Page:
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Joined: Wed Oct 16, 2002 10:58 pm

Post by Thunderbolt16 »

First of all, I'd like to say that you did a fantastic job prototyping the new toolbox layout. I've been one of the biggest Pie Menu zealots on the funboard list, and I approve whole heartedly of you use of a radial top level with linear submenus. With the number and nature of the various context items of the toolbox, I doubt there would be much speed increase with radial menus, since they loose quite a bit of there advantage when you have a ton of entries, or even worse, donut, or 'overflow' menus. Also display compactness would suffer greatly since there are so many sub-items in a radial form, not to mention that overflow menus are just plain ugly!

Altough the eight compass directions style of menu is much quicker for 'blinded' i.e. no visible queue for the user, the speed for visible menu items in a radial forum just more or less goes up linearly. shown here http://www.billbuxton.com/PieMenus4.gif.

Thank you so much for going through the trouble to create such a complete proposal!

thorwil
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Post by thorwil »

Thunderbolt16 wrote:First of all, I'd like to say that you did a fantastic job prototyping the new toolbox layout.
Thanks!
Altough the eight compass directions style of menu is much quicker for 'blinded' i.e. no visible queue for the user, the speed for visible menu items in a radial forum just more or less goes up linearly. shown here http://www.billbuxton.com/PieMenus4.gif.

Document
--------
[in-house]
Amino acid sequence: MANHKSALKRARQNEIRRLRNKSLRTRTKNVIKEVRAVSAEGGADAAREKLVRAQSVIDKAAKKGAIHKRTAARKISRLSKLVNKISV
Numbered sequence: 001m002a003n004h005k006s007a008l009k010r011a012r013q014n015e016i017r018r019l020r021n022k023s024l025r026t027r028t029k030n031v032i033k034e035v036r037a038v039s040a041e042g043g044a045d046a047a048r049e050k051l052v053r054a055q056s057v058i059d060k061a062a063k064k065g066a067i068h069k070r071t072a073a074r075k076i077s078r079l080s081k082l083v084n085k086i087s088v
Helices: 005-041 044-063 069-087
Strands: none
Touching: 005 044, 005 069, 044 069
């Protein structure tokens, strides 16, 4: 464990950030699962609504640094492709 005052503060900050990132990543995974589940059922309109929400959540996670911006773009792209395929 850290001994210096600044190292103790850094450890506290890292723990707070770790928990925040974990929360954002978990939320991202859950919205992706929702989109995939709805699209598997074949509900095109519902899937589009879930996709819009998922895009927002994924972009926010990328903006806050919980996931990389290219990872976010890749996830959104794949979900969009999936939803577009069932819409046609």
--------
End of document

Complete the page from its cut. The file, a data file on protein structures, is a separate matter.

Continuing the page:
Could you please explain that in a little more detail?

matt_e
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Post by matt_e »

The problem with using radial menus for all levels of operation is that it's very difficult to extend. Particularly with things like modelling tools for example, new features are being added all the time. You can nicely lay out a radial menu with the current features, but then when you want to add a new menu item, it is very hard to fit in (especially when there are a lot of items already), plus it disrupts the angles/locations of the current items, which negates all the advantages of arranging the menus radially anyway (spatial/angular memory).

I think thorsten's latest mockup is a very good compromise that suits the requirements well. It doesn't have to be compared against "pie menus" or "linear menus" and make it fit a certain mould - we can take the positive parts from many systems and apply them to a design that is customised for our particular requirements. As long as it is the best (or at least a good) solution we can think of for the problem at hand, there's no need to worry about whether it's a 'true' pie menu or not.

I've got a couple of organisation comments I should get around to posting on the funboard. Argh.. so slow right now.

thorwil
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Post by thorwil »

Edit, see first post.
Last edited by thorwil on Sun Oct 26, 2003 4:07 pm, edited 1 time in total.